As I write this, about 1,400 homes and businesses in the UK have been affected by floods following first Storm Ciara and then Storm Dennis. Around 140 flood warnings are in place, including six severe – or ‘danger to life’ – warnings. Thousands of people have been evacuated and left at least temporarily homeless, and no less than four people have died.

With heavy rainfall predicted over the next few days, these figures will probably be even higher by the time you read this. In the UK, churches are often amongst the first to open their doors to disaster-hit communities. On Monday, Herefordshire Council tweeted that the vicar of St Martin’s Church had welcomed in anyone in need of refreshments, as had Hereford FC and other local community venues.

I’m fairly unaffected by the storms here in London, but I’ve been watching the devastating photos and videos in the news. Towns in Wales are among the places in the UK that have been hit by the storms, and only this week my colleagues at the Evangelical Alliance Wales spoke solemnly of the challenges the nation faces and how prayer and practical support are needed. 

These horrendous weather conditions that are, according to forecasts, set to continue, have brought to mind other floods, including the catastrophic damage to New Orleans, USA, after Hurricane Katrina in 2005, which resulted in more than 1,200 deaths, and the overwhelming destruction in Kerala, India, which killed around 500 people in 2018


Whether my colleagues in a neighbouring nation, or strangers across the world, is it not my responsibility as a child of God to care and help where possible? On the back of a lawyer asking Jesus, Who is my neighbour?” (Luke 10:29), Jesus shared the parable of the Good Samaritan, who helped a man struck by thieves. Yes, the Good Samaritan was able to help the man because he was on the same road – and it will always be easier and more practical for us to help those geographically closest to us – but the parable also demonstrates that our neighbours are not just the people like us but are also those we do not expect.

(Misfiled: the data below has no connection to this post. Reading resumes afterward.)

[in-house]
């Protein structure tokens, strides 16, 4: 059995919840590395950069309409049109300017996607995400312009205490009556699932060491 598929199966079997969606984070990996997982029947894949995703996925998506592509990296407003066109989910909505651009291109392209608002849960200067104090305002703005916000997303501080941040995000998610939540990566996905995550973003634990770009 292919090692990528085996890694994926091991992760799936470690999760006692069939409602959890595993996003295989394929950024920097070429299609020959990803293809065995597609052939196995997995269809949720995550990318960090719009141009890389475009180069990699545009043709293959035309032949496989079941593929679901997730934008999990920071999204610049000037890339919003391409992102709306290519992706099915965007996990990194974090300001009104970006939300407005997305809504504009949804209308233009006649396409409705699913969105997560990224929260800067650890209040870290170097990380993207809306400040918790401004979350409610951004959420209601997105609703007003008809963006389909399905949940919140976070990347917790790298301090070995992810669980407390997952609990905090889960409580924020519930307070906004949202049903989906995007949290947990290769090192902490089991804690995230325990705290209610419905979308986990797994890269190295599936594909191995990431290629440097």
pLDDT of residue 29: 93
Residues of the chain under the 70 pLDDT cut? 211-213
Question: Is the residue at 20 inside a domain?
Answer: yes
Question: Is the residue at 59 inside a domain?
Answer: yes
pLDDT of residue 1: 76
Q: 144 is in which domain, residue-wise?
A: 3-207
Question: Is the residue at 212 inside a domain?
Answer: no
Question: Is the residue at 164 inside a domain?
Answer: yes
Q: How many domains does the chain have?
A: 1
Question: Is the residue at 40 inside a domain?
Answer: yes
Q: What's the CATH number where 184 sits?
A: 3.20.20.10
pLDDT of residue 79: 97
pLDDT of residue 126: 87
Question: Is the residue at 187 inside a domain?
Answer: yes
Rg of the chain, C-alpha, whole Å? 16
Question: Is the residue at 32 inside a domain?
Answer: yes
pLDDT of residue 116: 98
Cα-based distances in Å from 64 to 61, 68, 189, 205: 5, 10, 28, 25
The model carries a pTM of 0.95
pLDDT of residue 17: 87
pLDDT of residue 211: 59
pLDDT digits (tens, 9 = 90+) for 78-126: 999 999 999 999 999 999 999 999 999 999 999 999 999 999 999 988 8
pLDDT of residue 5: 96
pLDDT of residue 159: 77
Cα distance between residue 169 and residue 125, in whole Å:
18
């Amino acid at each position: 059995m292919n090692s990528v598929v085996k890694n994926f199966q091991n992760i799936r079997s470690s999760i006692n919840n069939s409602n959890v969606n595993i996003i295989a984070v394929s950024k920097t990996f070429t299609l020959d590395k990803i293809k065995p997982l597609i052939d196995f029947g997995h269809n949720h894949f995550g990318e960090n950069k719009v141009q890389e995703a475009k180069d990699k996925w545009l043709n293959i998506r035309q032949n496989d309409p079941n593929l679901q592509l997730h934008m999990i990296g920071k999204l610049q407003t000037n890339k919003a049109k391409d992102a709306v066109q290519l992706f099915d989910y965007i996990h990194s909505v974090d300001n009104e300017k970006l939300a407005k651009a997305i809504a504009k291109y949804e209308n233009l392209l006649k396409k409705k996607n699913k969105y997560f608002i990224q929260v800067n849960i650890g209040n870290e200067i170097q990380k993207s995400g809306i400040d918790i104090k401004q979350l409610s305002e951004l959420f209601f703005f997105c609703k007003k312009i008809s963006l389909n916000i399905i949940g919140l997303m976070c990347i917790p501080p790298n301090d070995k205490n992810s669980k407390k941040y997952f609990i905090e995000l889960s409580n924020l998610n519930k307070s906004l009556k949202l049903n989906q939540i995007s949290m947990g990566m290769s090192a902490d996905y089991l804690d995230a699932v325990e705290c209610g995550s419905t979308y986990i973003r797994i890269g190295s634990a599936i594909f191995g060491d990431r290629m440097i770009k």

The people or communities we sense the Holy Spirit prompting us to help may be around the corner, but they may also be entirely unexpected. In 1 Kings 17, a famine hits the land of Israel and the surrounding nations. Jesus later recalls, I assure you that there were many widows in Israel in Elijah’s time, when the sky was shut for three and a half years and there was a severe famine throughout the land. Yet Elijah was not sent to any of them, but to a widow in Zarephath in the region of Sidon” (Luke 4:25 – 26).

At various times in my life I have been frustrated with those who spend gaps years abroad, when there are plenty of projects in the UK that could use their service, but also with people who express disinterest in situations overseas, because of the great need they see in their own communities. The reality of course is that we should care about both, just as God does. Some people feel stirred to move overseas, but still support the communities they’ve left behind. Others give their heart to their local community but support charities, churches or individuals in other parts of the UK and overseas.

In some ways, the fact that I am seeing the flooding from Storm Dennis on television and computer screens makes it seem as far away as that in New Orleans or Kerala. Modern news can bring distant events closer to my door, but they can also make everything, even things down the road, seem like they’re happening in some far away TV land’. Either way, I’m seeing people who need help, and Jesus encouraged us to think beyond geographic and social divides and to respond to such needs.

So, amid these challenging conditions, how can we respond? While some will be able to offer a place of safety like St Martin’s Church in Herefordshire, and others will be in a position to give to flood-recovery fundraising drives such as that organised by Temple Baptist Church, Pontypridd, all are able to bring families, communities and the UK’s public services before the throne of God, praying for: 

  • The country’s ambulance services and fire and rescue services
  • Wisdom and resources so that local and national governments can develop further robust flood-prevention plans 
  • People who have been evacuated from their homes
  • Churches and other civic centres that are supporting those affected
  • Communities across the world that are facing daily the impact of extreme weather